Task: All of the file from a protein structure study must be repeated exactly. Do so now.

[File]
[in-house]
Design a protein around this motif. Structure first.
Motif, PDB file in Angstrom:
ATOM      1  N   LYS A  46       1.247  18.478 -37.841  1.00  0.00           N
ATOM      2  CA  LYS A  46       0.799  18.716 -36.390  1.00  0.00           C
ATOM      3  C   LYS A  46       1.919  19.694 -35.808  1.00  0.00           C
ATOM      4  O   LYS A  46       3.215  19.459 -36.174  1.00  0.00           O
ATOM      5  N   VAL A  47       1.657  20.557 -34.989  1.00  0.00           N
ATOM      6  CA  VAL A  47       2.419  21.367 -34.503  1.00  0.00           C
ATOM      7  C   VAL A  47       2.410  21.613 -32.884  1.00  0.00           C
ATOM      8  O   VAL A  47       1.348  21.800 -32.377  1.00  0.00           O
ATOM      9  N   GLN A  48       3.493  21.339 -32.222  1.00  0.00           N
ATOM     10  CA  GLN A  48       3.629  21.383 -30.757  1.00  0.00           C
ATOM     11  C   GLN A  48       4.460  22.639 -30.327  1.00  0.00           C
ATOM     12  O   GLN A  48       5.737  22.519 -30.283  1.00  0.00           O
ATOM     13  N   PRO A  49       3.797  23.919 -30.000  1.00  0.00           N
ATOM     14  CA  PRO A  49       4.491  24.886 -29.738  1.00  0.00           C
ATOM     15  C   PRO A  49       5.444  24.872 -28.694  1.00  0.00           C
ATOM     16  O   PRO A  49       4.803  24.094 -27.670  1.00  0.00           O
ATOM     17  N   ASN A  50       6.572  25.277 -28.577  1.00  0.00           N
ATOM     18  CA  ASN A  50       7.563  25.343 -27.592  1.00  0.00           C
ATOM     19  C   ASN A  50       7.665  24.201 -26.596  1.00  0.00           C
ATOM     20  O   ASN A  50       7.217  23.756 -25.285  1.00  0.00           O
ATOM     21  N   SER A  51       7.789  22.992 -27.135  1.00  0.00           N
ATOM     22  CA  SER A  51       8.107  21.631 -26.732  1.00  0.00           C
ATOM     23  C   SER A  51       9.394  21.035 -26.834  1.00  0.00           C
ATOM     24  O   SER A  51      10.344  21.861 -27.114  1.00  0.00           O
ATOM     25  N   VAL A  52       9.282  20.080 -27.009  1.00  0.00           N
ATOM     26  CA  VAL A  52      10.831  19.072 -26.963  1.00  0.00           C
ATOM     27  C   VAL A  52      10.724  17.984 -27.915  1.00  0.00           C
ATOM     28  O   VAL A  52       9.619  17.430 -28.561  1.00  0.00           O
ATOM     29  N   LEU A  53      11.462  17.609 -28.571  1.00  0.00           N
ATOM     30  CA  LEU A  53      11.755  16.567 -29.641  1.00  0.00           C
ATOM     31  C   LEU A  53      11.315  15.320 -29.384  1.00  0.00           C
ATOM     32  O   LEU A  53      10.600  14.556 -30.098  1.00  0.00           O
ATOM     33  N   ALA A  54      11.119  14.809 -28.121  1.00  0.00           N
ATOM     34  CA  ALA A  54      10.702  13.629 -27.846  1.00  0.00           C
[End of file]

[in-house]
Design a protein around this motif. Structure first.
Motif, PDB file in Angstrom:
ATOM      1  N   LYS A  46       1.247  18.478 -37.841  1.00  0.00           N
ATOM      2  CA  LYS A  46       0.799  18.716 -36.390  1.00  0.00           C
ATOM      3  C   LYS A  46       1.919  19.694 -35.808  1.00  0.00           C
ATOM      4  O   LYS A  46       3.215  19.459 -36.174  1.00  0.00           O
ATOM      5  N   VAL A  47       1.657  20.557 -34.989  1.00  0.00           N
ATOM      6  CA  VAL A  47       2.419  21.367 -34.503  1.00  0.00           C
ATOM      7  C   VAL A  47       2.410  21.613 -32.884  1.00  0.00           C
ATOM      8  O   VAL A  47       1.348  21.800 -32.377  1.00  0.00           O
ATOM      9  N   GLN A  48       3.493  21.339 -32.222  1.00  0.00           N
ATOM     10  CA  GLN A  48       3.629  21.383 -30.757  1.00  0.00           C
ATOM     11  C   GLN A  48       4.460  22.639 -30.327  1.00  0.00           C
ATOM     12  O   GLN A  48       5.737  22.519 -30.283  1.00  0.00           O
ATOM     13  N   PRO A  49       3.797  23.919 -30.000  1.00  0.00           N
ATOM     14  CA  PRO A  49       4.491  24.886 -29.738  1.00  0.00           C
ATOM     15  C   PRO A  49       5.444  24.872 -28.694  1.00  0.00           C
ATOM     16  O   PRO A  49       4.803  24.094 -27.670  1.00  0.00           O
ATOM     17  N   ASN A  50       6.572  25.277 -28.577  1.00  0.00           N
ATOM     18  CA  ASN A  50       7.563  25.343 -27.592  1.00  0.00           C
ATOM     19  C   ASN A  50       7.665  24.201 -26.596  1.00  0.00           C
ATOM     20  O   ASN A  50       7.217  23.756 -25.285  1.00  0.00           O
ATOM     21  N   SER A  51       7.789  22.992 -27.135  1.00  0.00           N
ATOM     22  CA  SER A  51       8.107  21.631 -26.732  1.00  0.00           C
ATOM     23  C   SER A  51       9.394  21.035 -26.834  1.00  0.00           C
ATOM     24  O   SER A  51      10.344  21.861 -27.114  1.00  0.00           O
ATOM     25  N   VAL A  52       9.282  20.080 -27.009  1.00  0.00           N
ATOM     26  CA  VAL A  52      10.831  19.072 -26.963  1.00  0.00           C
ATOM     27  C   VAL A  52      10.724  17.984 -27.915  1.00  0.00           C
ATOM     28  O   VAL A  52       9.619  17.430 -28.561  1.00  0.00           O
ATOM     29  N   LEU A  53      11.462  17.609 -28.571  1.00  0.00           N
ATOM     30  CA  LEU A  53      11.755  16.567 -29.641  1.00  0.00           C
ATOM     31  C   LEU A  53      11.315  15.320 -29.384  1.00  0.00           C
ATOM     32  O   LEU A  53      10.600  14.556 -30.098  1.00  0.00           O
ATOM     33  N   ALA A  54      11.119  14.809 -28.121  1.00  0.00           N
ATOM     34  CA  ALA A  54      10.702  13.629 -27.846  1.00  0.00           C